AT A GLANCE
- Motor planning is a skill that allows us to remember and perform steps to make a movement happen.
- We use motor planning for all physical activities, including everyday tasks like brushing teeth or washing hands.
- Kids who struggle with motor planning may take a long time to learn and complete physical tasks, like tying shoes.
You may be familiar with the terms fine motor skills and gross motor skills. But what is motor planning? This important skill is key to executing movement. It allows us to know, remember, and perform small steps that make a particular movement or task happen.
For example, the routine task of brushing teeth can seem to be automatic. But our brain actually does lightning-fast planning before we get started and as we continue brushing. It determines how we’ll move, the steps we’ll take and the order we should take them. Without motor planning skills, the toothbrush might never make it out of the medicine cabinet.
HOW MOTOR PLANNING WORKS
Motor planning is part of a group of skills that help us move our body the way we want to. There are different kinds of motor skills that we use over and over again throughout our lifetime to get things done.
Gross motor skills help us move our large muscles so we can perform actions like walking, jumping, and balancing. Fine motor skills help us move smaller muscles that control our hands, wrists, and feet. They’re key to smaller actions, like grasping a pencil or tying shoelaces. Coordination is how we organize all of our physical actions so that we move efficiently.
All of those skills are needed for physical actions. But something has to happen before we can use those skills effectively. We have to think about how we’re going to move our body, so we can do the task at hand. Here’s an example.
When we learned to wash our hands as young children, someone showed us how to do it. Eventually, though, our brain had to figure out how our body would physically do what we’d been shown.
How would we move our arms and fingers to get the soap? How would we hold the soap in order to rub our hands on it? How far would we stand from the sink so that water didn’t splash everywhere? We also had to think about the order of all of these steps.
In the beginning, it was very hard. We had to do things very slowly. We had to constantly adjust what we were doing—scrub for longer or get closer to the sink. We paid a lot of attention to the process. And with corrections and help, we eventually were able to do it on our own.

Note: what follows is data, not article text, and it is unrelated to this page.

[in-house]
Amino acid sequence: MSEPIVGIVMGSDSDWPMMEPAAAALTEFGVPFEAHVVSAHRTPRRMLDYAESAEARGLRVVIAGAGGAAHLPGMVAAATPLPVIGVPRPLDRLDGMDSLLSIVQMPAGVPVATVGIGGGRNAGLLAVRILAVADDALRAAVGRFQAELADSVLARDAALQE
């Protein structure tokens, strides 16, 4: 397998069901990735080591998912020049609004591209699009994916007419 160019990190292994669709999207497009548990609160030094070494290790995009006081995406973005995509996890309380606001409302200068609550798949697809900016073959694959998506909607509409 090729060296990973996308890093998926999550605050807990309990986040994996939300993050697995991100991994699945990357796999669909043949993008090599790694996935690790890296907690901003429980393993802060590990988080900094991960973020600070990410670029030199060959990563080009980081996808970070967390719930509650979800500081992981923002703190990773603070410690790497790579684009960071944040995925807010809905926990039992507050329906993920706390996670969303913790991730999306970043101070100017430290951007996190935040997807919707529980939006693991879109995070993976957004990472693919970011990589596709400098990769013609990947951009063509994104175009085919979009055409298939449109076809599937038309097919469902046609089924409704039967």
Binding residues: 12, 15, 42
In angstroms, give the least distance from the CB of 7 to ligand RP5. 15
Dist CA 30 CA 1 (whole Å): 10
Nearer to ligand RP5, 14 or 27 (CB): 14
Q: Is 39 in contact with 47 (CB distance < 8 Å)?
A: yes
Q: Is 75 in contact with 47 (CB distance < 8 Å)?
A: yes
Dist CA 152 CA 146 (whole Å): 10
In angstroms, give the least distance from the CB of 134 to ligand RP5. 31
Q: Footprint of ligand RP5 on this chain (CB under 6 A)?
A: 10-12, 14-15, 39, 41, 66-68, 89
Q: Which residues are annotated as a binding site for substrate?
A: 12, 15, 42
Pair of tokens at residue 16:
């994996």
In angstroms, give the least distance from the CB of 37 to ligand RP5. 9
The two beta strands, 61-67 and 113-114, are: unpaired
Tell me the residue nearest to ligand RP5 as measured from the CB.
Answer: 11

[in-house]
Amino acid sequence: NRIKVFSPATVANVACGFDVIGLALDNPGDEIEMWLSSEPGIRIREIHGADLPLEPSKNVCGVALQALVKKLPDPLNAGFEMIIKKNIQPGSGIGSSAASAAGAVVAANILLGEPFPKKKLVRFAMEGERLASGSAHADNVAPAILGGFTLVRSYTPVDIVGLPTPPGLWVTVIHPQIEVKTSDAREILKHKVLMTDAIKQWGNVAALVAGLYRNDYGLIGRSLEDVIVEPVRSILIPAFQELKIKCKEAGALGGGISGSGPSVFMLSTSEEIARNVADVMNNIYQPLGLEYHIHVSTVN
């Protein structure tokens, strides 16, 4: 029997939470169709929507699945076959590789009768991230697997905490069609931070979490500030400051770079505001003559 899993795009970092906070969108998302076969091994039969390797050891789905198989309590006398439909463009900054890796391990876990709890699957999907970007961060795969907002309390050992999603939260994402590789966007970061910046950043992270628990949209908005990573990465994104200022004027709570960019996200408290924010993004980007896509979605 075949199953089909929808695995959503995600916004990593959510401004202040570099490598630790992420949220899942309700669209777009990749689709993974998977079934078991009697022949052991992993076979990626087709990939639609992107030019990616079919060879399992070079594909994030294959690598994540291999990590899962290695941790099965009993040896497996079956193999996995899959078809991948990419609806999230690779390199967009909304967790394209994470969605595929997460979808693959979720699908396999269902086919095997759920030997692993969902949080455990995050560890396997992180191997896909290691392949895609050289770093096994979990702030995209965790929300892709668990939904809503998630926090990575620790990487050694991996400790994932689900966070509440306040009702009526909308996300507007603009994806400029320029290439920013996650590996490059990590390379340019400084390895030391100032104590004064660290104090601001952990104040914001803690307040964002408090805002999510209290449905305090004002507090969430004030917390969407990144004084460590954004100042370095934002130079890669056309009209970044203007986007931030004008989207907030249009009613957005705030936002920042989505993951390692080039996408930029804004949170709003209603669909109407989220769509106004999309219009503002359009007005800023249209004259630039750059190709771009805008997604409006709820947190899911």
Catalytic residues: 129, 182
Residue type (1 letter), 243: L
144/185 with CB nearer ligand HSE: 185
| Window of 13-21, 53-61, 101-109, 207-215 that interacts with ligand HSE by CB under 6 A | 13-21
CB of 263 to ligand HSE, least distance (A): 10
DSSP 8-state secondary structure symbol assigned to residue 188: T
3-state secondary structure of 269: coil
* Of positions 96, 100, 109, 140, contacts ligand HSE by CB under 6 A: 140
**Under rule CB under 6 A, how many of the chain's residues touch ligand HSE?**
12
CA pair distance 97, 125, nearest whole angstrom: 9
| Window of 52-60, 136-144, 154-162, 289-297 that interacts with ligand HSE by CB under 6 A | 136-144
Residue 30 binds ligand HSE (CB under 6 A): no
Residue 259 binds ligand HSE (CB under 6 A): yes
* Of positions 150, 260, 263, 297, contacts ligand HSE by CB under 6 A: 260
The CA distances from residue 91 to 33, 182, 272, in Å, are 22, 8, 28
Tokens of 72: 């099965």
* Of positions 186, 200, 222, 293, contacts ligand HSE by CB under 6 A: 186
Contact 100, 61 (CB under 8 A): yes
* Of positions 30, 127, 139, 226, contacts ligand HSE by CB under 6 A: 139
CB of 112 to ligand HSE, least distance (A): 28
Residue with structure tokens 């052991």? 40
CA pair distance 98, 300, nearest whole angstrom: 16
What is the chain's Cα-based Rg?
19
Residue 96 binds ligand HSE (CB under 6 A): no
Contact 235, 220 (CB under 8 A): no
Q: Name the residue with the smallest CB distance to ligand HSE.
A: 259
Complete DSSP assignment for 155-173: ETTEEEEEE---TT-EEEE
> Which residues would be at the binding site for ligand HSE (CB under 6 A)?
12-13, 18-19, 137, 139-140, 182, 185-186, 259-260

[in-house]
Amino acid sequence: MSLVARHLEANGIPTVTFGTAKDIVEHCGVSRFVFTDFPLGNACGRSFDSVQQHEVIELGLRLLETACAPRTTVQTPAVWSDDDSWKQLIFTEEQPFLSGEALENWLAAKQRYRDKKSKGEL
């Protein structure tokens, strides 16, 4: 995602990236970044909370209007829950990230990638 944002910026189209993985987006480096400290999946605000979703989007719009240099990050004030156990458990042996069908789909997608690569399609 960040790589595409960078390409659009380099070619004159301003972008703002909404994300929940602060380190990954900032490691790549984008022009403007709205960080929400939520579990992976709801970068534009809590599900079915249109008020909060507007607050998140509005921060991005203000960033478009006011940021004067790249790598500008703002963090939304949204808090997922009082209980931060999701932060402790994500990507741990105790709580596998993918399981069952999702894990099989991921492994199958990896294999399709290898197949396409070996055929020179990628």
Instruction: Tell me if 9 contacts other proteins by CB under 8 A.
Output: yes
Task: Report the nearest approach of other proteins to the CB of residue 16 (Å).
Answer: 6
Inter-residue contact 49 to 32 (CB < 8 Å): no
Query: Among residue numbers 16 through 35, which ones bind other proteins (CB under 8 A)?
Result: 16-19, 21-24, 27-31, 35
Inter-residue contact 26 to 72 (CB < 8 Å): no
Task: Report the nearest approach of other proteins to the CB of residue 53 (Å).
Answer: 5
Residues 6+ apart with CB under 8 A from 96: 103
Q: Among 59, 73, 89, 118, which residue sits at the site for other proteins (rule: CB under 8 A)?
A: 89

Two things change dramatically once we really know how to wash our hands. We move much faster and are much more precise. We don’t need to pay as much attention to our actions. They’ve become automatic. Our planning for the whole task is quick and efficient. And if we need to make corrections, we can do it easily.
TROUBLE WITH MOTOR PLANNING
Motor planning is a process that helps us learn motor actions. You try something, and you get instant feedback on how it went. You adjust what you’re doing and try again. And you keep adjusting until you find the most efficient way of doing it. From then on, your brain quickly plans for that action every time.
When kids have trouble with motor planning, however, they don’t easily learn from the feedback they get. Even if they’ve done a task before, it’s like they’re doing it for the first time.
Kids who struggle with motor planning can seem clumsy. They might seem slow to learn basic skills and take “forever” to complete physical tasks like tying shoes. Motor planning issues can also affect how kids do in school, since basic physical tasks can be hard for them.
Trouble with motor planning may be part of a larger problem with movement and coordination. It’s common in kids who have developmental coordination disorder (DCD), which is sometimes referred to as dyspraxia.
HOW TO HELP YOUR CHILD WITH MOTOR PLANNING
If your child struggles with motor planning, it’s important to know that this skill can improve. An occupational therapist can help your child learn the initial steps and sequences of tasks, so tasks become more automatic. But it takes time, patience, visual and physical demonstrations, and lots of practice.